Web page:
Yankees 0, Twins 0: SUSPENDED:  The umps suspended this one after a 1-hour,
23-minute rain delay with the score 0-0 after five innings. The game will resume in the top of the sixth today at 4:10 p.m., though obviously not with Scott Baker or A.J. Burnett — who were cruising — on the mound.

Athletics trade Billy Burns to the Royals for Brett Eibner

ST. PETERSBURG, FL - MAY 13: Billy Burns #1 of the Oakland Athletics waits on deck to bat during the fourth inning of a game against the Tampa Bay Rays on May 13, 2016 at Tropicana Field in St. Petersburg, Florida. (Photo by Brian Blanco/Getty Images)
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The Athletics and Royals swapped outfielders on Saturday. The Athletics sent Billy Burns to Kansas City and the Royals sent Brett Eibner to Oakland.

Burns, 26, doesn’t provide much in the way of offense, but he runs the bases well and plays solid defense. He was hitting .234/.270/.303 with 11 doubles, four triples, and 14 stolen bases in 274 plate appearances.

Eibner, 27, was batting .231/.286/.423 with three home runs and 10 RBI in 85 plate appearances. He has spent most of the season with Triple-A Omaha, where he’s put up a .902 OPS in 219 PA. Eibner played the outfield corners in the majors, but racked up a ton of time playing center in the minors, so his versatility will be valuable to the A’s.

Burns will become eligible for arbitration for the first time after the 2017 season while Eibner has hardly accrued any service time, which might explain part of the motivation behind the trade for the small-market Athletics.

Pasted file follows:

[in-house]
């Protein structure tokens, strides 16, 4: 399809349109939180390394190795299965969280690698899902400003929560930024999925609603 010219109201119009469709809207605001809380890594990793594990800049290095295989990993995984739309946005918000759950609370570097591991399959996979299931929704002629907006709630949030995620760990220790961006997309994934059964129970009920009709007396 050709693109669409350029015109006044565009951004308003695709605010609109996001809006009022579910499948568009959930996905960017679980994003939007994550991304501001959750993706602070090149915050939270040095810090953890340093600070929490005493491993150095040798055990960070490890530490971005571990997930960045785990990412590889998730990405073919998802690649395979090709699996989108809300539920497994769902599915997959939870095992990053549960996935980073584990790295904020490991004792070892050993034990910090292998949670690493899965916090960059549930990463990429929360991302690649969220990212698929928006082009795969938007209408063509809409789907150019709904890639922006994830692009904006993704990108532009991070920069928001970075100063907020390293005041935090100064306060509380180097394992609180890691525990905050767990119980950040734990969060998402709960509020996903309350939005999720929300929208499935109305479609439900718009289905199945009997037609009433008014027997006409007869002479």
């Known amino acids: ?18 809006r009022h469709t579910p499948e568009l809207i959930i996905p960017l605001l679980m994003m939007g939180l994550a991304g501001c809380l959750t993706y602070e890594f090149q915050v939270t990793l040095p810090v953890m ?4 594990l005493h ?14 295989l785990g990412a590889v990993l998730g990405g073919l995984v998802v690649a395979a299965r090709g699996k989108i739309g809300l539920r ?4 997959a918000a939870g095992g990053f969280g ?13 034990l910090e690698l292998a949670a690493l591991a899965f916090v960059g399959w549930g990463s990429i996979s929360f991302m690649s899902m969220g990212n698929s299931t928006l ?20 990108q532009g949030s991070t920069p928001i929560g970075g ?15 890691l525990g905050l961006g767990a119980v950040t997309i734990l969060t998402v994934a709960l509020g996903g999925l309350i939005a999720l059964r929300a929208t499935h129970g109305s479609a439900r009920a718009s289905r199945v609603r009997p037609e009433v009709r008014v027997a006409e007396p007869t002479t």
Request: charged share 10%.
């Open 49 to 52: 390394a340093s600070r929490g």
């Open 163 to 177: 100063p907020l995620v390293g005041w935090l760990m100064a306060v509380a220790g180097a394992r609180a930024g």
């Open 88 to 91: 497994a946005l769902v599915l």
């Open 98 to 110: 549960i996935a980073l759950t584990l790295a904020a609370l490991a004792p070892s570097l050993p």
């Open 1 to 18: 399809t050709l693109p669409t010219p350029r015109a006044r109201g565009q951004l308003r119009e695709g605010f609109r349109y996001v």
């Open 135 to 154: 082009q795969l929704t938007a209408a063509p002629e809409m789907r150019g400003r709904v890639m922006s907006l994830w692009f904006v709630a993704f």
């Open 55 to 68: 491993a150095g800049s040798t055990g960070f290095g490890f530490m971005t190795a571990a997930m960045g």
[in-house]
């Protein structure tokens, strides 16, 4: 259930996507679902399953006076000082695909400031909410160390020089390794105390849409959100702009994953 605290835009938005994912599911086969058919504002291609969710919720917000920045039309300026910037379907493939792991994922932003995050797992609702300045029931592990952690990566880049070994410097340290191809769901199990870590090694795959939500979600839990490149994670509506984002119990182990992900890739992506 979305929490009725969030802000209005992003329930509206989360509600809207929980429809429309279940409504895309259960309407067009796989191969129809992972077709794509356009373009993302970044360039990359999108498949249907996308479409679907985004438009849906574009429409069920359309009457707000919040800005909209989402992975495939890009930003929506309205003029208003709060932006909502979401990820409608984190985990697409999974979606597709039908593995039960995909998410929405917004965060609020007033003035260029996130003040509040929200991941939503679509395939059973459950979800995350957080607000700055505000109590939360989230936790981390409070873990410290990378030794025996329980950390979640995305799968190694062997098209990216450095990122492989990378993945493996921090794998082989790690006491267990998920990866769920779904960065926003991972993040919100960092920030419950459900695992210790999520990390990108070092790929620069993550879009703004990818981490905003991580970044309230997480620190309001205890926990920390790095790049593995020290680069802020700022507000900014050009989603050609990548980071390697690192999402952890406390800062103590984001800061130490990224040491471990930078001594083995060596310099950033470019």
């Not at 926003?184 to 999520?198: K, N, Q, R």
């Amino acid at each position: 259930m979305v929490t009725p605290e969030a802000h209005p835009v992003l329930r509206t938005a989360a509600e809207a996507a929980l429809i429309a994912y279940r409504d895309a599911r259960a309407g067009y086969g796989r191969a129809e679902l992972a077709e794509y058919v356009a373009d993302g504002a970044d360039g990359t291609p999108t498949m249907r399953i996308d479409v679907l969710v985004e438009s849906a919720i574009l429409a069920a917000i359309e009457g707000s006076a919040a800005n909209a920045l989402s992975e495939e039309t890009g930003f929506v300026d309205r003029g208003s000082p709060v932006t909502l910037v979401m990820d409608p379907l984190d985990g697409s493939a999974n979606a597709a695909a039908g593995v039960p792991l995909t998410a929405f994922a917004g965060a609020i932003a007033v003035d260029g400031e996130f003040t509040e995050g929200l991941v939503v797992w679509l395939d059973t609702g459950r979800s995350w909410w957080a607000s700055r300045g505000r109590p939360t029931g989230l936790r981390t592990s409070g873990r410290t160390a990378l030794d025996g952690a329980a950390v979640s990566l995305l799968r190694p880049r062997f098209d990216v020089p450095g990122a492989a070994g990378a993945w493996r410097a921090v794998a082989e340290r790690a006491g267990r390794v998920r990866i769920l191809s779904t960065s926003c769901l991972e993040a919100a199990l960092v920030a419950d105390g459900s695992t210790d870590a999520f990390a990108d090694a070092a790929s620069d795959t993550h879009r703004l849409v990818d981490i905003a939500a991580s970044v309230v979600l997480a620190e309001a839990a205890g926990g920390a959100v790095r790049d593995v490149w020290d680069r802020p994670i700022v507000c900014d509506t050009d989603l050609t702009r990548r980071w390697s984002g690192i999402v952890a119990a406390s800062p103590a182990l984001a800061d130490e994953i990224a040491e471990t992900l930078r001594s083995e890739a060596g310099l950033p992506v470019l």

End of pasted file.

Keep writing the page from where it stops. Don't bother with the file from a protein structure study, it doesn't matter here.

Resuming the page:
Nationals acquire closer Mark Melancon from the Pirates

PITTSBURGH, PA - MAY 20:  Mark Melancon #35 of the Pittsburgh Pirates pitches during the ninth inning against the Colorado Rockies on May 20, 2016 at PNC Park in Pittsburgh, Pennsylvania.  (Photo by Joe Sargent/Getty Images)
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The Nationals announced on Saturday afternoon that the club acquired closer Mark Melancon from the Pirates in exchange for reliever Felipe Rivero and minor league pitcher Taylor Hearn.

Melancon, 31, put together another solid season for the Pirates, leaving the club with 30 saves, a 1.51 ERA, and a 38/9 K/BB ratio in 41 2/3 innings. He led the majors last season with 51 saves and has a 1.80 ERA since joining the Pirates in 2013. Melancon is earning $9.65 million this season and can become eligible for free agency after the season.

With Melancon out of the picture, the Pirates intend to have Tony Watson take over the closer’s role.

Rivero, 25, has handled the seventh and eighth innings for the Nationals this season, compiling a 4.53 ERA and a 53/15 K/BB ratio in 49 2/3 innings. He’s just shy of one year of service time, so the Pirates will have control of him for a long time.

Hearn, 21, was rated the Nationals’ 27th-best prospect by MLB Pipeline. He was originally drafted by the Pirates in the 22nd round of the 2012 draft but he didn’t sign and ended up going back to college. The Nationals took him in the fifth round of last year’s draft. This season, between rookie ball and Single-A Hagerstown, Hearn put up a 2.79 ERA and a 39/13 K/BB ratio in 29 innings. He’s a long way away from the majors, so he’s essentially a lottery ticket for the Pirates.

The Nationals needed an upgrade at closer as Jonathan Papelbon has struggled this season. The right-hander has allowed runs in each of his last three appearances, ballooning his ERA up to 4.41 with a 30/13 K/BB ratio in 32 2/3 innings. It will be interesting to see how Papelbon, who has never made a habit of letting his feelings go unspoken, handles a demotion to the eighth inning.